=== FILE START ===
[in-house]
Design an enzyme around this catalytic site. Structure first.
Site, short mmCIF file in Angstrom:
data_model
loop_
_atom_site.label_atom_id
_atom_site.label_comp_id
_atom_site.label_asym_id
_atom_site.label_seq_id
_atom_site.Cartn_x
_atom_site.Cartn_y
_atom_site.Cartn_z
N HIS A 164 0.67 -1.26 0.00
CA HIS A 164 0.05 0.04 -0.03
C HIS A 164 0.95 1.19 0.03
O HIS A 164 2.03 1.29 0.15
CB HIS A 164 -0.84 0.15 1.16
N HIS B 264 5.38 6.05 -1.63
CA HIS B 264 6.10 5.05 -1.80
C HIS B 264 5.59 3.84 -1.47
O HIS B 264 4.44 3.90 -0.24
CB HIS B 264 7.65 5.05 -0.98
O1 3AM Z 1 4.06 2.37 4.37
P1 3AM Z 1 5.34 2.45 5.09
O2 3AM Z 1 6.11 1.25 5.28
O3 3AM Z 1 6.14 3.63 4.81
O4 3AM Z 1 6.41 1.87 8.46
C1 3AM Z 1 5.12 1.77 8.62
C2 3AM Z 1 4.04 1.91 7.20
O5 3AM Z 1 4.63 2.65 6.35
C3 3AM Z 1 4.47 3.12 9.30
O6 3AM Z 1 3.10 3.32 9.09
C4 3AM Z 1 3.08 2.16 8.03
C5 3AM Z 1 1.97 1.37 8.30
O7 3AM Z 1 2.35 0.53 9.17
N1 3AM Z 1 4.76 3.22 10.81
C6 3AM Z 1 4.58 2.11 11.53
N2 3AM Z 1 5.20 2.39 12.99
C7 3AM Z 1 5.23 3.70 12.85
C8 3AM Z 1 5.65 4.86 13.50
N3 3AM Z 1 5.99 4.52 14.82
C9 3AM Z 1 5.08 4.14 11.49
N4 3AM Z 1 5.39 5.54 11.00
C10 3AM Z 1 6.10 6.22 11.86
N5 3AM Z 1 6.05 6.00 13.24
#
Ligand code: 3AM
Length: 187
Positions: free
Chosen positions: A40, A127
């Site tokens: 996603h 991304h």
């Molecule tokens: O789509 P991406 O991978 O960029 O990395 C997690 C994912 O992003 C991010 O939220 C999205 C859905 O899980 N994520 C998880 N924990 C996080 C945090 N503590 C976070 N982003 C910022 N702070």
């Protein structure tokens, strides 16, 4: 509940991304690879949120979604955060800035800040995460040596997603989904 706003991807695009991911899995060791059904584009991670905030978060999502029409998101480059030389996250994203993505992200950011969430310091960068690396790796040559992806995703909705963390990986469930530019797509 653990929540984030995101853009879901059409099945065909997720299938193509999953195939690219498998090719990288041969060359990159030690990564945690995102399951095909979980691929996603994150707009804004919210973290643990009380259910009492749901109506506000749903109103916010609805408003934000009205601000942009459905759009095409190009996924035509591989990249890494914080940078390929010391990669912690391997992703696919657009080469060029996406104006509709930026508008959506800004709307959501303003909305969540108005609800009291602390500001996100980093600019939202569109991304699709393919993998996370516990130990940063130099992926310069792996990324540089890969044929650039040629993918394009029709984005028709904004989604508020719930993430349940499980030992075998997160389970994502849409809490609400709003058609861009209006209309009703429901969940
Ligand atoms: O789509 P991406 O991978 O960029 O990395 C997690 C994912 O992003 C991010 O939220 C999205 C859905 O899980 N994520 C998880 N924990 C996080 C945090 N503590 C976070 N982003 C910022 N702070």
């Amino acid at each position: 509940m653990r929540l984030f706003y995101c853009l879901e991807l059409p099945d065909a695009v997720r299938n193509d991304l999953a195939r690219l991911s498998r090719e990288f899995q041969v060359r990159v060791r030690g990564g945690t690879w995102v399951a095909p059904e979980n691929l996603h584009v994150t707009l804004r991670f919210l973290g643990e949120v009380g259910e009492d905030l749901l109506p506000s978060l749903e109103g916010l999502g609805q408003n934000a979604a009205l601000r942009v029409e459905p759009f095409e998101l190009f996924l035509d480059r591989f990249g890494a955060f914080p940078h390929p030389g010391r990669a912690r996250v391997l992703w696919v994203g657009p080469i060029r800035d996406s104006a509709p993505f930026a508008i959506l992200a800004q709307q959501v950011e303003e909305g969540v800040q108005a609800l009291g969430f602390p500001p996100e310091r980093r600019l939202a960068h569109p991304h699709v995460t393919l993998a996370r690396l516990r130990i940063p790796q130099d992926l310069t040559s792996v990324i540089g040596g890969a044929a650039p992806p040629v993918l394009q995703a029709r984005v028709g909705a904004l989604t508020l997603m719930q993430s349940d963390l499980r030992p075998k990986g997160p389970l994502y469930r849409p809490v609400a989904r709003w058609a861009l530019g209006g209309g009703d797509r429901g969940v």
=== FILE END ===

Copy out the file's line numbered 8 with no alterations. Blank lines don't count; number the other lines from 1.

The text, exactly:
_atom_site.label_asym_id